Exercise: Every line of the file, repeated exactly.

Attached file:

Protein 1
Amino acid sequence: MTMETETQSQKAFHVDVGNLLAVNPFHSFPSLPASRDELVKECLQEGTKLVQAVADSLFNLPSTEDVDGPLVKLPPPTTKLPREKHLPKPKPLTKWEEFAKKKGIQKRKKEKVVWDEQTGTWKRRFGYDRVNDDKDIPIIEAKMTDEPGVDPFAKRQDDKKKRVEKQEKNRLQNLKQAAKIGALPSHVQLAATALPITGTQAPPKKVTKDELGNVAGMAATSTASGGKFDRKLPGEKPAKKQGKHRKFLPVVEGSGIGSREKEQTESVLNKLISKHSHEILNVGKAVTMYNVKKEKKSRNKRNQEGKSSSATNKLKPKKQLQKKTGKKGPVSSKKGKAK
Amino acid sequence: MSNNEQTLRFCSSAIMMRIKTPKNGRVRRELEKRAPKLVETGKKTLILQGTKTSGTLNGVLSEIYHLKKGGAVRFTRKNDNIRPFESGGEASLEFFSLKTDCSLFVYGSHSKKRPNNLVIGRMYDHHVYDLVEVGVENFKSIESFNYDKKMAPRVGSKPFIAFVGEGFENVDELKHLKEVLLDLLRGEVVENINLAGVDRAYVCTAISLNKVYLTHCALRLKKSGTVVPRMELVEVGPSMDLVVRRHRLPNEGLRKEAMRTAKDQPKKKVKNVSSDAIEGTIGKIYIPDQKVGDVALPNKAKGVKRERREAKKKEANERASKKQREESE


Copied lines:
Protein 1
Amino acid sequence: MTMETETQSQKAFHVDVGNLLAVNPFHSFPSLPASRDELVKECLQEGTKLVQAVADSLFNLPSTEDVDGPLVKLPPPTTKLPREKHLPKPKPLTKWEEFAKKKGIQKRKKEKVVWDEQTGTWKRRFGYDRVNDDKDIPIIEAKMTDEPGVDPFAKRQDDKKKRVEKQEKNRLQNLKQAAKIGALPSHVQLAATALPITGTQAPPKKVTKDELGNVAGMAATSTASGGKFDRKLPGEKPAKKQGKHRKFLPVVEGSGIGSREKEQTESVLNKLISKHSHEILNVGKAVTMYNVKKEKKSRNKRNQEGKSSSATNKLKPKKQLQKKTGKKGPVSSKKGKAK
Amino acid sequence: MSNNEQTLRFCSSAIMMRIKTPKNGRVRRELEKRAPKLVETGKKTLILQGTKTSGTLNGVLSEIYHLKKGGAVRFTRKNDNIRPFESGGEASLEFFSLKTDCSLFVYGSHSKKRPNNLVIGRMYDHHVYDLVEVGVENFKSIESFNYDKKMAPRVGSKPFIAFVGEGFENVDELKHLKEVLLDLLRGEVVENINLAGVDRAYVCTAISLNKVYLTHCALRLKKSGTVVPRMELVEVGPSMDLVVRRHRLPNEGLRKEAMRTAKDQPKKKVKNVSSDAIEGTIGKIYIPDQKVGDVALPNKAKGVKRERREAKKKEANERASKKQREESE